Consumer sentiment rises unexpectedly from record low

US consumer confidence increased slightly in July, surprising economists who had forecast another decline as inflation continues to rage after sentiment reached its lowest point on record in June.

The University of Michigan’s consumer sentiment index released Friday rose to 51.1 this month, up from a record low of 50 in June. Economists polled by Refinitiv had expected a July reading of 49.9. For perspective, the index was at 81.2 a year ago.

People shop for produce at a store in Rosemead, California on June 28, 2022. ((Photo by FREDERIC J. BROWN / AFP via Getty Images) / Getty Images)

“Consumer sentiment was relatively unchanged, remaining near all-time lows,” Joanne Hsu, director of the survey, said in a statement released with the report. “Current assessments of personal finances continued to deteriorate, reaching its lowest point since 2011.”

WHOLESALE INFLATION SURGES 11.3% IN JUNE, ACCELERATING MORE THAN EXPECTED

“Consumers remained in agreement over the deleterious effect of prices on their personal finances,” Hsu noted. “The share of consumers blaming inflation for eroding their living standards continued its rise to 49%, matching the all-time high reached during the Great Recession. These negative views endured in the face of recent moderation in gas prices at the pump.”

gas pump

A customer clutching $ 20 bills pumps gas at a Phillips 66 gas station in Centennial, Colorado. (Reuters / Rick Wilking / Reuters Photos)

Inflation reached a new 40-year high of 9.1% in June, and the persistence of price increases continues to pummel Americans’ budgets.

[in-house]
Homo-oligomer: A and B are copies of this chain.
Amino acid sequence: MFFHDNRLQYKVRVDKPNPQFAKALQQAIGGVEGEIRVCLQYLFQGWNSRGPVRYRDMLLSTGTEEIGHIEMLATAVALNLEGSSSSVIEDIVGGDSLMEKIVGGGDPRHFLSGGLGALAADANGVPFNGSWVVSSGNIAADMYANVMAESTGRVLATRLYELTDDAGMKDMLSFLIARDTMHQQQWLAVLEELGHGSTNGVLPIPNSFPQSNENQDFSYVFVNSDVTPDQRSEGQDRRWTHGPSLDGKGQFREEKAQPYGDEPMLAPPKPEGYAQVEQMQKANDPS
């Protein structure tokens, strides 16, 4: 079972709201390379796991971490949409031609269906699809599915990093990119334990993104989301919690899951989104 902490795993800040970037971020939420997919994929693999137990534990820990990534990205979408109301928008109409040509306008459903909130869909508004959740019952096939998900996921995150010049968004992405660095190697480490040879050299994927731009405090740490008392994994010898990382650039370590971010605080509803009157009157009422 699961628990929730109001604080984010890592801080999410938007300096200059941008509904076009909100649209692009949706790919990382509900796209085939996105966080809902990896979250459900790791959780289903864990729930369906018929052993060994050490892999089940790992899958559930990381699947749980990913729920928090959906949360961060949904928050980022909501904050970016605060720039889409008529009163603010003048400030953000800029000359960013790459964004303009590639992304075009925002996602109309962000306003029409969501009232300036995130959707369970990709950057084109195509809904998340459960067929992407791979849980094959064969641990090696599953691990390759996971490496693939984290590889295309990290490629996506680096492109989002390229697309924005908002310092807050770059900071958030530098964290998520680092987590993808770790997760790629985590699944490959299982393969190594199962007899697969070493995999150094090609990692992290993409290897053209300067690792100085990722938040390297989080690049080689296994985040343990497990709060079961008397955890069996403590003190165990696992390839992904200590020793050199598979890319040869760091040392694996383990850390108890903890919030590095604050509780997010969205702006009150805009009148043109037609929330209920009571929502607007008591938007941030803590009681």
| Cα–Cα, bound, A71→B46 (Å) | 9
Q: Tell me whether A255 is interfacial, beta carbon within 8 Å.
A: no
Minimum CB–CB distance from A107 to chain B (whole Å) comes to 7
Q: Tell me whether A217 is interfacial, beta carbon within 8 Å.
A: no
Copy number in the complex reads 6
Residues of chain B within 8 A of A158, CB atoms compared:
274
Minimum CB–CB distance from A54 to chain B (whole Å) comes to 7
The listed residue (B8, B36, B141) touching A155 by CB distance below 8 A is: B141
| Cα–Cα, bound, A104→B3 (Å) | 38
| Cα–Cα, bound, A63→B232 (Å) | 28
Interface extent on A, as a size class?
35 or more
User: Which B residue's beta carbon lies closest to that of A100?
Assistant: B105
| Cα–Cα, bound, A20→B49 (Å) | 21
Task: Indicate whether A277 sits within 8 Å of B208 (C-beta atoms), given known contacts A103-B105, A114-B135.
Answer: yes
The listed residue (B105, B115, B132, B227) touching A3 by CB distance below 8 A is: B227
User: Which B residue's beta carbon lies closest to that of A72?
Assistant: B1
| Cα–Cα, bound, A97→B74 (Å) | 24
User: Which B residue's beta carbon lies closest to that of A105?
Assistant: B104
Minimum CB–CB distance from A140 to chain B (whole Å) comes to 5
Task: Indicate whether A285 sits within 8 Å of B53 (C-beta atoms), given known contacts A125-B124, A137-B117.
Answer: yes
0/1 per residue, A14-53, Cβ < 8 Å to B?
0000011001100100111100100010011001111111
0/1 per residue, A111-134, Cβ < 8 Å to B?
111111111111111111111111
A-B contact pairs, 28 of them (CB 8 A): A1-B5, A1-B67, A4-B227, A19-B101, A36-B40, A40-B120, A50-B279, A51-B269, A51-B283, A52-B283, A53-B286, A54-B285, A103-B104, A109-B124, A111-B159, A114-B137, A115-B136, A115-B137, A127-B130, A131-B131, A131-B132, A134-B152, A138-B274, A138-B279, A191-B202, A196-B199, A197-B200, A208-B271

SKYROCKETING INFLATION FORCES SHOPPERS TO WORK OVERTIME AND CHANGE DIETS AS PRICES SOAR

Retail sales also rose last month, in part propelled by increased spending on gas, which hit a record high topping $ 5 mid-month. Prices have since subsided and average around $ 4.58, according to AAA.

A consumer shops at a retail store in Morton Grove, Ill. (AP Photo / Nam Y. Huh / AP Images)

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“Consumers are continuing to absorb higher prices in non-discretionary categories like gas, and deferring purchases in categories like appliances,” said Claire Tassin, a retail and e-commerce analyst at Morning Consult. “Declines in apparel and department store spending indicate that consumers are tightening their belts in some areas as they manage through this difficult period.”

FOX Business’ Megan Henney contributed to this report.

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